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Asia Tea Time - Cup 55 ☕

This week I talk China’s car sales, not getting hung up on market timing and a recent high for Hong Kong’s Hang Seng Index.

Macro in Asia

China’s car exports hit record high while domestic sales decline

Fresh data showed that China’s car exports surged to a new record high in April, up 38% year-on-year to 417,000 vehicles. 

However, the country’s domestic car sales fell 5.8% year-on-year in April as intense competition and fragile consumer sentiment continues to put the brakes on China’s car market.  

Why it’s happening

  • China’s auto makers are some of the most efficient in the world and they’ve got some pretty competitive electric vehicles (EVs) and plug-in hybrids now. 
  • With the US effectively locking out Chinese vehicles from its market and Europe starting an anti-subsidy investigation into its auto companies, the country’s carmakers are being pro-active. They’re building up market share in South America, Southeast Asia, and Australia.

Why it matters

  • China’s car market is well known for being fiercely competitive and that’s helped its companies build up an impressive export base given the high quality of their cars.
  • However, that competitiveness has also lead to some insane price cuts on local vehicles. Even with those cuts, consumer sentiment isn’t all that great in the world’s biggest car market.

What’s next?

  • The EU’s investigating these “dumping” subsidies by China’s car market so watch out for any news on that front because that could seriously dent their ambitions in Europe’s sizeable market.

Tim’s Take 

We’ve been bombarded with news of how dire the Chinese economy is. That’s natural. Going from 8-10% GDP growth a decade ago to (realistically) less than 5% growth is going to give anyone the jitters.

But just because the Chinese consumer isn’t all that happy, doesn’t mean Chinese companies aren’t doing well.

The latest numbers on car exports illustrate the influence Chinese carmakers have on the global autos market.

China has quietly risen to become the second-biggest car exporter in the world, behind only Japan in 2023. 

That’s been down to some incredible supply chain management and vertically-integrated business models, with BYD being the standout operator.

The local consumer market in China is getting whacked with deflation, though. That might sound good (falling prices, yay!) but it isn’t good for the economy.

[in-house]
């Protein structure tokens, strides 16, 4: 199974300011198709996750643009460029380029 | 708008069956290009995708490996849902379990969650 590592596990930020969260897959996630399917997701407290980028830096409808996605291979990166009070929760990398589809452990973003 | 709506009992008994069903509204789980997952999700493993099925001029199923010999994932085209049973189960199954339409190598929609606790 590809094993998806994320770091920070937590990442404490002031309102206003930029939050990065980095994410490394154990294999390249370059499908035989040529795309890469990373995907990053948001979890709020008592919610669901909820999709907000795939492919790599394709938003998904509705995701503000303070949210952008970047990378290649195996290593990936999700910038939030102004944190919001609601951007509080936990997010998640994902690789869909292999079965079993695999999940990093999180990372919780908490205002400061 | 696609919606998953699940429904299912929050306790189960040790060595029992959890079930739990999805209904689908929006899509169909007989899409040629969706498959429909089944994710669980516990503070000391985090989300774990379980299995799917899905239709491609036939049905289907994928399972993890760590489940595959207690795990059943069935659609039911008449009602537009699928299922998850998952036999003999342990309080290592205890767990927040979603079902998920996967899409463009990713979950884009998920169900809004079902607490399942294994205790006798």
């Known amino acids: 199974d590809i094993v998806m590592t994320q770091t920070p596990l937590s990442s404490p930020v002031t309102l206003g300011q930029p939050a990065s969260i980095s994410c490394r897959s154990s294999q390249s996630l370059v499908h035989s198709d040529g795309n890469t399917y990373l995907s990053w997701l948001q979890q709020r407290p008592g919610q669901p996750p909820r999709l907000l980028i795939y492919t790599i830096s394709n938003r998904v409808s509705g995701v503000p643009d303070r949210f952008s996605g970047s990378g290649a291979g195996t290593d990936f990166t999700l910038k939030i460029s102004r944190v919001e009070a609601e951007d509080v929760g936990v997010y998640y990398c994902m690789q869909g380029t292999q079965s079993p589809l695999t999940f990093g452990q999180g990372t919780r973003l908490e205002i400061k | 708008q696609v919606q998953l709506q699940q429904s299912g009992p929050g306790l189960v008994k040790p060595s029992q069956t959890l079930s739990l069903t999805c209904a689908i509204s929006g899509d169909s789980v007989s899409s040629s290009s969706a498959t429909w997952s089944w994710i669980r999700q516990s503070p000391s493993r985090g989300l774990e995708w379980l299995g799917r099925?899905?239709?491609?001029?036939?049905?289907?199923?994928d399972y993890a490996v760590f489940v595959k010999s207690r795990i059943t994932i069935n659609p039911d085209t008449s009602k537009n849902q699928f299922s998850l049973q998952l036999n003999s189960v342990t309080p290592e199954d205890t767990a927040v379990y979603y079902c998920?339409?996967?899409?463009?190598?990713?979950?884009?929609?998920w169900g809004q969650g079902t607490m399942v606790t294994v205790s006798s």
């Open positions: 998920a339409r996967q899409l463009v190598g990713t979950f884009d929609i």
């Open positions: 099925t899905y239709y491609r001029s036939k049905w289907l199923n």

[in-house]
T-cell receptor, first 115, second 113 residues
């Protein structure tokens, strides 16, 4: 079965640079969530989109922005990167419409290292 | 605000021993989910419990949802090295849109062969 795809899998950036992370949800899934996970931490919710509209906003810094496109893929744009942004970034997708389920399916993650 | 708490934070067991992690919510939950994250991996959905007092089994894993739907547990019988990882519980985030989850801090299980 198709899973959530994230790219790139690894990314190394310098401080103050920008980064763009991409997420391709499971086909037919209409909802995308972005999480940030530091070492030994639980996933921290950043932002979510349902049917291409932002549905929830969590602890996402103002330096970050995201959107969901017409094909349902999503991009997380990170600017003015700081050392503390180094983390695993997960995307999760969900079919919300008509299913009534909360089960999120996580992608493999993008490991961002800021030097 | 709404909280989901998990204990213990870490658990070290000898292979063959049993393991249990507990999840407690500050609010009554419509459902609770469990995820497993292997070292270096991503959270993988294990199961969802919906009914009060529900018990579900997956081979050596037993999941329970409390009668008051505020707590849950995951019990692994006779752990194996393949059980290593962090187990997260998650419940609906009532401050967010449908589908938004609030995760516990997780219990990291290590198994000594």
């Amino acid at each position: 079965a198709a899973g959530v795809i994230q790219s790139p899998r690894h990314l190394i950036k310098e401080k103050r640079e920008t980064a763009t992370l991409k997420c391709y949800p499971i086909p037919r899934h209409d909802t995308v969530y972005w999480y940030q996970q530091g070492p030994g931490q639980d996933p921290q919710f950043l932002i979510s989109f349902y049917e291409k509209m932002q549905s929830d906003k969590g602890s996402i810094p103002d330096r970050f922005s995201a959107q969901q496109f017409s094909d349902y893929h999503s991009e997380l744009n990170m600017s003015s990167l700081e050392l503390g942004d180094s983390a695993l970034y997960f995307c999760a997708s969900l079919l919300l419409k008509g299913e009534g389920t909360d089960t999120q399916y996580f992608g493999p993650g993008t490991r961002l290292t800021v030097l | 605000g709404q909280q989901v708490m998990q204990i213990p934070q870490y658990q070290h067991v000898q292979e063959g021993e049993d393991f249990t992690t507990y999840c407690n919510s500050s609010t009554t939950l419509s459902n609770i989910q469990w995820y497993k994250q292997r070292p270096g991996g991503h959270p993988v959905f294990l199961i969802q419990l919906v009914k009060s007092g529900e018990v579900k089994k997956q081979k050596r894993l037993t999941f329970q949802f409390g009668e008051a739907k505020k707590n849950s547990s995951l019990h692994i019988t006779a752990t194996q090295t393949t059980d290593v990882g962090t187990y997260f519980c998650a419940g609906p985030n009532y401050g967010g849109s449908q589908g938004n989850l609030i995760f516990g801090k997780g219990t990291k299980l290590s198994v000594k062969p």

Recent price cuts by the likes of Tesla, BYD, and Li Auto – ranging from US$2,000 to US$4,000 – have just accelerated the general sentiment of price declines.

In fact, by the end of March, the number of price cuts in China’s auto industry had already reached half the total of that seen in the whole of 2023.

On the exports side, China’s heavyweights continue to make ground. Precision engineering combined with aesthetically attractive designs have ensured they’re competing toe-to-toe with Tesla.

We can see this rise in quality in other areas in China too – consumers are increasingly choosing local versus international (say a Huawei versus an Apple iPhone).

For China’s carmakers, it’s a tough business but scale will likely win out. If the leading firms can continue growing their customer base in international markets, then the potential for future growth will always be there.

Tim’s money tip of the week

When we invest into global stock markets, it makes sense to think that we can “time” things. But inevitably, the day after you buy the market falls.

That’s just the way it is. Getting used to the fact that you will never “buy at the bottom” and “sell at the top” gets you in the right mental state to invest over the time horizon that matters – the long term.

These 1-2% movements up or down over daily or weekly stretches are effectively meaningless when we talk about being invested for decades.

That’s because that wealth compounds at an average of 9-10% per year over the long term (if you invest into a broadly-diversified global stock ETF). 

So, when we do have a stash of cash to invest, typically it makes more sense to put it right into the market then – via a lump sum investment – versus drip-feeding it into the market through dollar cost averaging (DCA).

Of course, that comes with the caveat that you don’t need that moolah for the next five years at least

At the end of the day, though, don’t get caught up with when you buy but rather focus on how long you intend to stay the course.

Story of the week

Hong Kong’s stock market has been making headlines in the past week for reaching its highest level in eight months.

There has been some strong buying on really, really cheap valuations. However, looking at the longer term chart doesn’t really make for pretty reading.

The Hang Seng Index is still down close to 40% from its all-time high, which was reached back in January 2018.